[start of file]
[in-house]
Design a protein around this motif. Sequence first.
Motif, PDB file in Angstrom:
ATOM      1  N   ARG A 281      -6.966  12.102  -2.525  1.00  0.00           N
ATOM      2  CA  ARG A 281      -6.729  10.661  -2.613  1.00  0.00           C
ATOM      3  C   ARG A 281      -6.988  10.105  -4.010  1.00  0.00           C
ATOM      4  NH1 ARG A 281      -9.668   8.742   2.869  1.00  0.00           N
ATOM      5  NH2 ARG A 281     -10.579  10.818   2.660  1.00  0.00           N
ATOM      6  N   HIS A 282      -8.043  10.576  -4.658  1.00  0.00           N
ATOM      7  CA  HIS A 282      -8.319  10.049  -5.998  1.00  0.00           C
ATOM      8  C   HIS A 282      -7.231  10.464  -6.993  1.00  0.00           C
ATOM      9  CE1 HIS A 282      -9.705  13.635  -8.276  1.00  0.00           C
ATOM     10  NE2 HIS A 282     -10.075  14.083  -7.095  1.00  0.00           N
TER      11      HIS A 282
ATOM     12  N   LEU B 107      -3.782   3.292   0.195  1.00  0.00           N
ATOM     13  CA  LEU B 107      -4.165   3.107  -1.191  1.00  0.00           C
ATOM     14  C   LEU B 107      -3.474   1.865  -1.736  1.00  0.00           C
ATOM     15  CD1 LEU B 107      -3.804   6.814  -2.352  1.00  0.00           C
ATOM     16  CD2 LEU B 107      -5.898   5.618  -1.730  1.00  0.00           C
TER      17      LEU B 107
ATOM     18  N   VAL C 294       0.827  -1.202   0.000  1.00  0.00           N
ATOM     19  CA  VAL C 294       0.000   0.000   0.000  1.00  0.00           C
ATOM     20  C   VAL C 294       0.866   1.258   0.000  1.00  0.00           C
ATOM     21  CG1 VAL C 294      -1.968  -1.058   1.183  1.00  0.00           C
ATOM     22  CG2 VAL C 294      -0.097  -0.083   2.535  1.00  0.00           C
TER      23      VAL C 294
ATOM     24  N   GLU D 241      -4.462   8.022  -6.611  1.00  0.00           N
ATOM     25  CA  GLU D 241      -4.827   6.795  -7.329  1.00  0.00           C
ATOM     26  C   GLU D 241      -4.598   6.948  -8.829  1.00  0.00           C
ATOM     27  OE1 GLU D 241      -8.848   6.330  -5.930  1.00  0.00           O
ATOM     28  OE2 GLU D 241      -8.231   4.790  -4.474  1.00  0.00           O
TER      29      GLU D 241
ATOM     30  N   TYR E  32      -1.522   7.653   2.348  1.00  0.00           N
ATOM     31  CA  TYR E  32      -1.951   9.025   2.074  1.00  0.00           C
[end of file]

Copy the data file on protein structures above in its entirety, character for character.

[in-house]
Design a protein around this motif. Sequence first.
Motif, PDB file in Angstrom:
ATOM      1  N   ARG A 281      -6.966  12.102  -2.525  1.00  0.00           N
ATOM      2  CA  ARG A 281      -6.729  10.661  -2.613  1.00  0.00           C
ATOM      3  C   ARG A 281      -6.988  10.105  -4.010  1.00  0.00           C
ATOM      4  NH1 ARG A 281      -9.668   8.742   2.869  1.00  0.00           N
ATOM      5  NH2 ARG A 281     -10.579  10.818   2.660  1.00  0.00           N
ATOM      6  N   HIS A 282      -8.043  10.576  -4.658  1.00  0.00           N
ATOM      7  CA  HIS A 282      -8.319  10.049  -5.998  1.00  0.00           C
ATOM      8  C   HIS A 282      -7.231  10.464  -6.993  1.00  0.00           C
ATOM      9  CE1 HIS A 282      -9.705  13.635  -8.276  1.00  0.00           C
ATOM     10  NE2 HIS A 282     -10.075  14.083  -7.095  1.00  0.00           N
TER      11      HIS A 282
ATOM     12  N   LEU B 107      -3.782   3.292   0.195  1.00  0.00           N
ATOM     13  CA  LEU B 107      -4.165   3.107  -1.191  1.00  0.00           C
ATOM     14  C   LEU B 107      -3.474   1.865  -1.736  1.00  0.00           C
ATOM     15  CD1 LEU B 107      -3.804   6.814  -2.352  1.00  0.00           C
ATOM     16  CD2 LEU B 107      -5.898   5.618  -1.730  1.00  0.00           C
TER      17      LEU B 107
ATOM     18  N   VAL C 294       0.827  -1.202   0.000  1.00  0.00           N
ATOM     19  CA  VAL C 294       0.000   0.000   0.000  1.00  0.00           C
ATOM     20  C   VAL C 294       0.866   1.258   0.000  1.00  0.00           C
ATOM     21  CG1 VAL C 294      -1.968  -1.058   1.183  1.00  0.00           C
ATOM     22  CG2 VAL C 294      -0.097  -0.083   2.535  1.00  0.00           C
TER      23      VAL C 294
ATOM     24  N   GLU D 241      -4.462   8.022  -6.611  1.00  0.00           N
ATOM     25  CA  GLU D 241      -4.827   6.795  -7.329  1.00  0.00           C
ATOM     26  C   GLU D 241      -4.598   6.948  -8.829  1.00  0.00           C
ATOM     27  OE1 GLU D 241      -8.848   6.330  -5.930  1.00  0.00           O
ATOM     28  OE2 GLU D 241      -8.231   4.790  -4.474  1.00  0.00           O
TER      29      GLU D 241
ATOM     30  N   TYR E  32      -1.522   7.653   2.348  1.00  0.00           N
ATOM     31  CA  TYR E  32      -1.951   9.025   2.074  1.00  0.00           C